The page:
This is not an unknown. The Clinton campaign's critical miscalculation, its Achilles' Heel, was a known known going in, yet the powers-that-be went in anyhow.

Specifically, anyone who follows politics at all knows the Clintons are radioactive to conservatives. Hard-right, squishy-right, even RINOs, one thing they find common accord on is absolute loathing of the Clintons and everything with which they are associated. This is a first-hand report; I’ve seen it with my own eyes since moving to the hinterlands. And after living among the ‘Hillary Haters’ for the past few years, I understand what Hillary must, too:

Something (the topic for a whole ‘nother column) about the Clintons just plain pushes the right-wing’s buttons. Bill Clinton’s was the first presidency in my lifetime that was portrayed by his opponents as illegitimate from the get-go. And in the years since, opposing all things Clinton has become a cottage industry within the right-wing; people go to work every day, punch a clock, and sit down and write crazy stuff about the Clintons and their enterprises. Example: There are a surprising number of Americans who have actually been convinced that Secretary Clinton has had dozens of people killed on her ‘path to power.’ I just read this morning about something called ‘Pedophile Island’ that Secretary Clinton is reported (“…some say…”) to frequent. Wild stories that are right up there with Sasquatch and dead Elvis eco-humping a baby seal on a polar icecap, but they are widely regarded as credible revelations. To support this belief system, it is further held that the whore-like, ratings-driven mainstream media has neglected to cover these heinous crimes because, what, the cable news shows don’t care for ratings now that they have become profit hubs for their networks? This breathless ‘fan fiction’ doesn’t even appear on Fox News, but most of the rank-and-file accept it as an article of faith. 

This brings me to my real issue with Hillary Clinton—not as president, where I think she’ll be excellent, given the chance—but as a candidate. President Obama says, nowhere will we find a more qualified candidate than Secretary Clinton, but he leaves out the fact that nowhere will we also find a more divisive candidate. The Democrats have chosen to field their most qualified but least viable candidate ever, at the exact point in history that has witnessed the wholly unanticipated rise of Mr. Trump and the coalescing of the alt-right behind a major-party candidate.

“Perfect storm” is such an overused phrase, I won’t even dignify it by including it in this column.

And after considering all of that, this was the year we as Progressives thought it would be a good idea to rip the scab off decades of metastasizing fear and loathing of the Clintons? This year, when historically, two-term presidents are rarely followed by a president of their own party? When there’s an open seat on a Supreme Court already packed with doddering octogenarians? When social media has lent wings to hatred, misinformation and intolerance? When we had a kick-ass candidate in Martin O’Malley who nobody knew from Adam, for whom the GOP would have had to start from scratch with oppo research, instead of the decades’-worth of trash talk about the Clintons, instantly capable of resurrection and meme-worthy? I cannot emphasize this enough: the entire right-wing thinks Secretary Clinton is literally the devil, or at least actively in league with him.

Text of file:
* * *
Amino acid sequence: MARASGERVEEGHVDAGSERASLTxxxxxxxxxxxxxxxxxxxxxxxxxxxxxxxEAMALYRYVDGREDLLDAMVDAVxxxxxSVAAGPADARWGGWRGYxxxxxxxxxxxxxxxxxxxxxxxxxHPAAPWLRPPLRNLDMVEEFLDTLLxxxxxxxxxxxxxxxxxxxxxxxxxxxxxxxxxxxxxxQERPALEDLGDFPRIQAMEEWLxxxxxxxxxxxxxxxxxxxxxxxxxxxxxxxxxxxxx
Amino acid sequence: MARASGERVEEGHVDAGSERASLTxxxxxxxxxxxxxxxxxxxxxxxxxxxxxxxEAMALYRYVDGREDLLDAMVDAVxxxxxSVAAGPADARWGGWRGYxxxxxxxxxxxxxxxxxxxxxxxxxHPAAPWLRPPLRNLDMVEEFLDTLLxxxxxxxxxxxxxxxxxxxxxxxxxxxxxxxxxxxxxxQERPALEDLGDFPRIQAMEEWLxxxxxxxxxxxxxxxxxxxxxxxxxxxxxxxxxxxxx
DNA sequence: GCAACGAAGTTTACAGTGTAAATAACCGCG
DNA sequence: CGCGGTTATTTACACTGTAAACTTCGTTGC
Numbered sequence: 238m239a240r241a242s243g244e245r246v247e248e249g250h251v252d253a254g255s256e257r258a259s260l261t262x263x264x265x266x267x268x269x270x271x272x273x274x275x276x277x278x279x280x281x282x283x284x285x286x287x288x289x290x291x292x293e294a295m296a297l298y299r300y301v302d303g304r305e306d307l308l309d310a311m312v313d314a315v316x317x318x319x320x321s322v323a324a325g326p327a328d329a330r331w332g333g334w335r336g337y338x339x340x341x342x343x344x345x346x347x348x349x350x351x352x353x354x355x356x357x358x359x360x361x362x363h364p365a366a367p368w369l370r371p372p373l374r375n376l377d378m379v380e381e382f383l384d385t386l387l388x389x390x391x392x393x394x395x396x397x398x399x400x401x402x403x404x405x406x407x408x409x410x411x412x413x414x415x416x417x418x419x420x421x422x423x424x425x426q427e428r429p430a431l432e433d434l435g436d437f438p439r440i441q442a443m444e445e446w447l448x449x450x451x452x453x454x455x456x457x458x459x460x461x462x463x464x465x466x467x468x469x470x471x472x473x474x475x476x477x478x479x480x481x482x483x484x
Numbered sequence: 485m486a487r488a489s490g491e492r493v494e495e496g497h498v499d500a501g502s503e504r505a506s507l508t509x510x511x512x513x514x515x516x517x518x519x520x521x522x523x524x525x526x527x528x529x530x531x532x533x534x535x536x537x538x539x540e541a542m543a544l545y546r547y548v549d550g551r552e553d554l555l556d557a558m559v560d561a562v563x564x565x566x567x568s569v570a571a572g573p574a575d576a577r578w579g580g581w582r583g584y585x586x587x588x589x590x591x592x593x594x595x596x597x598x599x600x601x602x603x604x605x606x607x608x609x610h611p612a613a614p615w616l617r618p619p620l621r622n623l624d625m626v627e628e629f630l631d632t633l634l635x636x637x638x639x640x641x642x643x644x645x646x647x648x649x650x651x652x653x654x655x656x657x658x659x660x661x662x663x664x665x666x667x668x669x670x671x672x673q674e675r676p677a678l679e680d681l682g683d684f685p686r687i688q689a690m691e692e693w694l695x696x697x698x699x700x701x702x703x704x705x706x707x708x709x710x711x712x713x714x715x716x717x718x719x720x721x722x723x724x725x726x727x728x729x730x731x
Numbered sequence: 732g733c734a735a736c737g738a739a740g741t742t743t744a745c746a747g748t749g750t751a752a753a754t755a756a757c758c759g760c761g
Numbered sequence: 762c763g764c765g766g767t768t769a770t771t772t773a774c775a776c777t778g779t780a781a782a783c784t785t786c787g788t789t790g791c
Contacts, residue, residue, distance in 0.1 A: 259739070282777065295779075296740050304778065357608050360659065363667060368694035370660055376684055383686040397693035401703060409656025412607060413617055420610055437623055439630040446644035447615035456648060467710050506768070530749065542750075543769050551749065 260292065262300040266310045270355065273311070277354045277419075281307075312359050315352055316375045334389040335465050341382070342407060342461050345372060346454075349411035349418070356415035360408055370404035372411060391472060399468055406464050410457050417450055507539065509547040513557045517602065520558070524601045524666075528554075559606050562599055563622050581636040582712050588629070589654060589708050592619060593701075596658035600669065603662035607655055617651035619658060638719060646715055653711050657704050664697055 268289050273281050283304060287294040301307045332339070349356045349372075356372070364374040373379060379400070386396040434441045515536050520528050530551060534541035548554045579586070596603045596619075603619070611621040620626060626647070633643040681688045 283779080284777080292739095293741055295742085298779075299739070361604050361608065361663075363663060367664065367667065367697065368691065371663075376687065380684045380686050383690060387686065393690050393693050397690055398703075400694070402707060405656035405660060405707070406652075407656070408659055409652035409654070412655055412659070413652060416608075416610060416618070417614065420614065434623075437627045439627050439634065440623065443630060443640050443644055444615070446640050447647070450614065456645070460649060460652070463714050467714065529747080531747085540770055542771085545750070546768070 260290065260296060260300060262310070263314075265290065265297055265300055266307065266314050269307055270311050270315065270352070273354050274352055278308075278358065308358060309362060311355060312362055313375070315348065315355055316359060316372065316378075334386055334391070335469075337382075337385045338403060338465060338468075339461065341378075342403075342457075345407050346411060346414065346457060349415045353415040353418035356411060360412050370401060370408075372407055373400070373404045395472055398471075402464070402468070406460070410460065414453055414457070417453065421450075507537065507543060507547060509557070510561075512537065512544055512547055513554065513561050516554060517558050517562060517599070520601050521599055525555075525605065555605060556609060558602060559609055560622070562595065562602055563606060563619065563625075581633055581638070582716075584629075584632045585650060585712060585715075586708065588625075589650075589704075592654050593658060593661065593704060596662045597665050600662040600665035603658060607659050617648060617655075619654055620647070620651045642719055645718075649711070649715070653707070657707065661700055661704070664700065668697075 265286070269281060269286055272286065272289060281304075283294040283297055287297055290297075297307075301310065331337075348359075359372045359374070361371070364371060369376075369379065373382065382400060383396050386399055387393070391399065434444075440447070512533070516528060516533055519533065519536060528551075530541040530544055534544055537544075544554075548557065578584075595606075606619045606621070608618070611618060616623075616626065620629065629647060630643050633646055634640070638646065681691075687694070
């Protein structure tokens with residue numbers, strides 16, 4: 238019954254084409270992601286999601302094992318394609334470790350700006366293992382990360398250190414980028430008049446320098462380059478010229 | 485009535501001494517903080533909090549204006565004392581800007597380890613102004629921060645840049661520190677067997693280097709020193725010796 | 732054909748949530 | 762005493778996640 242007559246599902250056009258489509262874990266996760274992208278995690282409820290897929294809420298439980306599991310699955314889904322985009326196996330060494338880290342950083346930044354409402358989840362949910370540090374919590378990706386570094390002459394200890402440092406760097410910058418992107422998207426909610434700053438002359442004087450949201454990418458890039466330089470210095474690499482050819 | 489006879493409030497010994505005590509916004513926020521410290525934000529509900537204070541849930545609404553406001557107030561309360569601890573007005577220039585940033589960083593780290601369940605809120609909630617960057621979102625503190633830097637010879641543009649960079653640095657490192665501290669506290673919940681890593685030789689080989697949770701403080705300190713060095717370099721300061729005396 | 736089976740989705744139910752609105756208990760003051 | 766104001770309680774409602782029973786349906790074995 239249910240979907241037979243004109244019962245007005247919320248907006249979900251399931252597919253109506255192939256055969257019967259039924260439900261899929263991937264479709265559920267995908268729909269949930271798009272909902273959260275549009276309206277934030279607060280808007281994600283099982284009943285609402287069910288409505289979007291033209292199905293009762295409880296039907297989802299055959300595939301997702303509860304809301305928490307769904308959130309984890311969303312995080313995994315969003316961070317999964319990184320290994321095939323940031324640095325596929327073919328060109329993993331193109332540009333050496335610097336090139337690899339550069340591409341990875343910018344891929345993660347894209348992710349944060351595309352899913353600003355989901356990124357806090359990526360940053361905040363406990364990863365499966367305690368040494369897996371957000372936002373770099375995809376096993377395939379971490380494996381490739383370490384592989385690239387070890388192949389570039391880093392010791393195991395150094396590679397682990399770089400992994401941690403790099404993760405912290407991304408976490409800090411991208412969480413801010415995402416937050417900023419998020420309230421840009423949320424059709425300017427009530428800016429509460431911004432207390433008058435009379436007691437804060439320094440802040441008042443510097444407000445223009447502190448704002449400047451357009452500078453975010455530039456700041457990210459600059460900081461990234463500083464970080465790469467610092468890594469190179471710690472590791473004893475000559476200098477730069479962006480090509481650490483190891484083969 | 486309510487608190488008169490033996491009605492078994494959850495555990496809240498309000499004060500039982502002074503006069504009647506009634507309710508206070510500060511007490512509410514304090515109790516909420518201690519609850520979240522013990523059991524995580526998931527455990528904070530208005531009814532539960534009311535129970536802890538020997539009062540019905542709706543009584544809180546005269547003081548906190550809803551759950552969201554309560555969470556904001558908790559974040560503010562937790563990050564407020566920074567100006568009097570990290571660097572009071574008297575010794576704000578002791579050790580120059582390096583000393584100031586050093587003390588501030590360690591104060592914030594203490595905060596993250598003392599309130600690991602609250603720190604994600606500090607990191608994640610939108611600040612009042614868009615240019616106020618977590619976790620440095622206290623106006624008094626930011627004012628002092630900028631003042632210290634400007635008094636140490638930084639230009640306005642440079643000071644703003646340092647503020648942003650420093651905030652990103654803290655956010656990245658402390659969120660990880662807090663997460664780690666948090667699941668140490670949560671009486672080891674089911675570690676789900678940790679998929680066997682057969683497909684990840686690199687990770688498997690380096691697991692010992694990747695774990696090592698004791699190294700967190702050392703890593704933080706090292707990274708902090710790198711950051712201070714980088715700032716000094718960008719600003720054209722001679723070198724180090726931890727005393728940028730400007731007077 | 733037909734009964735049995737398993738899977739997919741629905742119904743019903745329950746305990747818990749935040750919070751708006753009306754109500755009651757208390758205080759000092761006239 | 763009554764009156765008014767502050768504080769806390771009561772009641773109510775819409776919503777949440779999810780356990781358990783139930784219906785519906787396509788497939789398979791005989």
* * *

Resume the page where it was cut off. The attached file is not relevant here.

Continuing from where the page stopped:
I like Secretary Clinton. I like her positions, generally speaking. But I was very angry when she announced she was going to run—both times. If I could foresee the political vulnerability her candidacy would represent, why couldn’t she? She had to have known. So just like I’ve taken the license to analyze Mr. Trump’s motivations, I’ll favor Secretary Clinton with equal time. Underneath what may be loads of good intentions, I see hubris with a capital HRC; she’s been patient, done her due diligence and dammit, it’s her time now. She’s too smart not to have seen the Congressional impasse (and likely Constitutional crisis when the House passes articles of impeachment) that's guaranteed to dog any potential Clinton administration. But she went for the golden ring just the same.

I suppose hubris is something every presidential aspirant must necessarily possess to think they alone are best qualified to solve the problems of the world. But to think the position is owed to them, like Mr. Trump and Secretary Clinton seem to, is beyond hubris. They have both taken the concept and practice of entitlement to a Wagnerian extreme.

But only one is ready to tee America up to fiddle as the world burns. And light the match. And pour gasoline on the flames. 

And that’s why I’m with her. Because my insane narcissist has the portfolio that suggests she can fulfill the requirements of the job, and will not be tempted to burn the country down just because it will generate the biggest ratings.